After decades of pretty lenient enforcement, there are signals that the Department of Justice’s antitrust cops could be getting serious. Stefania Palma reports in the Financial Times:
The US Department of Justice has warned that it will seek to block more anti-competitive deals after Joe Biden’s administration pledged to crack down on companies exploiting their market power.
Jonathan Kanter, in one of his first speeches as head of the justice department’s antitrust division, on Monday said his unit should, in most cases, seek to block tie-ups that were “likely to lessen competition” rather than pursue “complex settlements . . . [which] suffer from significant deficiencies”.
He expressed his concern “that merger remedies short of blocking a transaction too often miss the mark”.
Preserving existing competition could be more effective than predicting the effect of a divestiture, Kanter added. “That will often mean that we cannot accept anything less than an injunction blocking the merger — full stop.”
He added: “In short, we will pursue remedies — not settlements. We cannot compromise if there is a violation of the law.”
The justice department’s tougher stance on antitrust law enforcement comes as the administration seeks to crack down on anti-competitive conduct, with the president appointing progressives who have historically called for stricter measures to critical competition roles. These include Kanter at the justice department and Lina Khan at the US Federal Trade Commission.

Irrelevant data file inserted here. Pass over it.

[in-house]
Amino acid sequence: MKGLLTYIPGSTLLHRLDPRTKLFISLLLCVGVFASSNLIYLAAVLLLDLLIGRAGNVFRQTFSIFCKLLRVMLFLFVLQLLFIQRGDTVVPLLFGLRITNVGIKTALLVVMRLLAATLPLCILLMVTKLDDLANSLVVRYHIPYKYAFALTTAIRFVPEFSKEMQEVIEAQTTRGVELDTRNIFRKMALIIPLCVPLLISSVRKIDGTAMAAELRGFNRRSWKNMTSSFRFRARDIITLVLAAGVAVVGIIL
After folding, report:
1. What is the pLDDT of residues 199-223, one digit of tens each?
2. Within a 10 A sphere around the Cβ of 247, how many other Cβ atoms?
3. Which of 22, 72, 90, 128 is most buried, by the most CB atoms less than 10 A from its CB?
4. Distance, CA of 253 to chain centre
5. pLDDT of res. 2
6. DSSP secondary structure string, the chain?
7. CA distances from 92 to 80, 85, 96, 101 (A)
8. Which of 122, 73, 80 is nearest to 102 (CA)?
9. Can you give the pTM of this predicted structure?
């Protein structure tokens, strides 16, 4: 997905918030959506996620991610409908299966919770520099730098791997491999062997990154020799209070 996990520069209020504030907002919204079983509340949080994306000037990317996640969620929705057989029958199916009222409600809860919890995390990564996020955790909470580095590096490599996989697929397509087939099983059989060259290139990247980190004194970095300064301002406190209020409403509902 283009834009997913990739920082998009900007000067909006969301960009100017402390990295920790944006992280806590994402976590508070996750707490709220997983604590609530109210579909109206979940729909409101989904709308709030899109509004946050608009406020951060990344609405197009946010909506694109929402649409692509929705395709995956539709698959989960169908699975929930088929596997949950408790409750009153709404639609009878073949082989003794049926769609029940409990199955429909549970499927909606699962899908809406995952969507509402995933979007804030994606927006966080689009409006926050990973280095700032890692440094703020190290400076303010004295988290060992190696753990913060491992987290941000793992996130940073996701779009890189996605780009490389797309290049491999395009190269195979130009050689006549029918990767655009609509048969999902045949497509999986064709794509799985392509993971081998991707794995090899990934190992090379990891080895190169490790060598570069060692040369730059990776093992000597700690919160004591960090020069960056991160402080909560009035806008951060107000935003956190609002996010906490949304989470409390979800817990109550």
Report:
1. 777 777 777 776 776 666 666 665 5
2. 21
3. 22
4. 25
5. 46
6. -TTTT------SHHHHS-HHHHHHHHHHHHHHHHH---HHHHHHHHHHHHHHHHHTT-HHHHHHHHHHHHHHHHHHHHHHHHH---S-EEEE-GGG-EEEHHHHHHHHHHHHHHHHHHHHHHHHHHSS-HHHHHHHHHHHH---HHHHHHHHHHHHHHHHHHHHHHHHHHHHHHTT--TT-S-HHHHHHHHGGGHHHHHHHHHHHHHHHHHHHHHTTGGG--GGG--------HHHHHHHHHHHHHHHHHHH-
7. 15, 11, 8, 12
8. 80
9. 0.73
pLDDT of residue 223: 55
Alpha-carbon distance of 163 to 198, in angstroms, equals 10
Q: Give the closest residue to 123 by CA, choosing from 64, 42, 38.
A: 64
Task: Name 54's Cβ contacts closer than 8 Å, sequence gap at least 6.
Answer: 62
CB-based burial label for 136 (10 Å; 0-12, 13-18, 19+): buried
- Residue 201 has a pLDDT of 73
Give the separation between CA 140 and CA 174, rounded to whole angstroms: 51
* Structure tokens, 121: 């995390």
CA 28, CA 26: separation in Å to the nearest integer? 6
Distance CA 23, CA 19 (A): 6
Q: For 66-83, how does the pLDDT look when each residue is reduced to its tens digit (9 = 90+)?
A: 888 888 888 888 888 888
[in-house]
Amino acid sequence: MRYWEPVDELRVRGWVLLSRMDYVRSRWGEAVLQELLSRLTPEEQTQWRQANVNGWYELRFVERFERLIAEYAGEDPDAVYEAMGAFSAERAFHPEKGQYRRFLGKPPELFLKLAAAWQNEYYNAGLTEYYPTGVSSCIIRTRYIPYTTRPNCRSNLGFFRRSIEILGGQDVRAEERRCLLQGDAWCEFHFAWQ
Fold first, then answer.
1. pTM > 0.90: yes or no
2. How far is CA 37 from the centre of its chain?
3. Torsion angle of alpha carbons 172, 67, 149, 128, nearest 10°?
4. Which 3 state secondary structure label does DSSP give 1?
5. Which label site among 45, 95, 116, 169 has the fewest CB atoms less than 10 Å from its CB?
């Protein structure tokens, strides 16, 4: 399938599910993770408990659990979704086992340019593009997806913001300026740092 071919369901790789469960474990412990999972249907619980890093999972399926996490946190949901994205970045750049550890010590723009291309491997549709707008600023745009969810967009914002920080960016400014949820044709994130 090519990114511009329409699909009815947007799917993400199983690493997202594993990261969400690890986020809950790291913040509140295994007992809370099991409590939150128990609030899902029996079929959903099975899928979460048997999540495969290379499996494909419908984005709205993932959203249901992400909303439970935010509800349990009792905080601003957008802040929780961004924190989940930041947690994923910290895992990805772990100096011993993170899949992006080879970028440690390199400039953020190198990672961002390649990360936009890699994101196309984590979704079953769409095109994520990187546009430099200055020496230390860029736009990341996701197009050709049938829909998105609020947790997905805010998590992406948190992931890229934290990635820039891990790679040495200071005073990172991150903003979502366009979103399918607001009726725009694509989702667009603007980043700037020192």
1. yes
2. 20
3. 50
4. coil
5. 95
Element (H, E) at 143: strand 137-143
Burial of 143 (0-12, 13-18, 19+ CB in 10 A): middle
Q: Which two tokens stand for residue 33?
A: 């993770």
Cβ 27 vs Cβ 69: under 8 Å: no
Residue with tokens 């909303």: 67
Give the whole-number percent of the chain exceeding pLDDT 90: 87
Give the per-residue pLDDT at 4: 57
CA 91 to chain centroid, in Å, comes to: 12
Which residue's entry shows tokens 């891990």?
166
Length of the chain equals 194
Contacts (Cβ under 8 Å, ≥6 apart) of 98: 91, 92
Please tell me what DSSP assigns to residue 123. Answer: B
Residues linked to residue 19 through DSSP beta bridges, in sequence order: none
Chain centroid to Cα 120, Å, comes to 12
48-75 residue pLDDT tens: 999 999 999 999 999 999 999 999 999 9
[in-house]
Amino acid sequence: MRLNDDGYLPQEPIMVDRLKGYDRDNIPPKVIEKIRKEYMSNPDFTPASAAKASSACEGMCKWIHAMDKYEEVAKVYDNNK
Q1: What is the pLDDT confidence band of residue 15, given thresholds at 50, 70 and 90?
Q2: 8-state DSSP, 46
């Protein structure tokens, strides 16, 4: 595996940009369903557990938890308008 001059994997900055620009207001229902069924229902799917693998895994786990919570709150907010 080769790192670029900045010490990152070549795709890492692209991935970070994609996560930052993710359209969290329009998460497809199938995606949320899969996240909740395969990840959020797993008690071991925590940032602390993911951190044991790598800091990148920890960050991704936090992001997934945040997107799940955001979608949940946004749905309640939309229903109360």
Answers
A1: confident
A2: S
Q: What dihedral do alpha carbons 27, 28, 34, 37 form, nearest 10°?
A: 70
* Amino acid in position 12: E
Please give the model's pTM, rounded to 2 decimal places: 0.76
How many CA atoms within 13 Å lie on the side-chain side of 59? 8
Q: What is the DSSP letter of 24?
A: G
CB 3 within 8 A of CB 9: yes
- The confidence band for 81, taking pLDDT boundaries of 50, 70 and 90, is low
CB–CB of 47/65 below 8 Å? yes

Kanter’s speech comes as Microsoft braces for intense regulatory scrutiny after it announced its $75bn acquisition of video game maker Activision Blizzard last week.
The transaction became public hours before the justice department and the FTC said they would seek input from the public on revamping merger rules to target illegal deals. Merger filings more than doubled between 2020 and 2021, the agencies said.
Kanter also lamented a “dearth” of suits brought by the justice department addressing monopolistic behaviour, counting a 20-year gap between big cases.
Antitrust law enforcement “has not succeeded in keeping pace” with fundamental changes in the economy, including concentrated labour markets, low rates of business formation and tech platforms amassing private data, he said. In the past two decades, concentration had increased in more than 75 per cent of US industries, Kanter added.
Antitrust law enforcement was “stuck fighting the last generation’s war, with precedent that bears little or no resemblance to today or the future”, he said.
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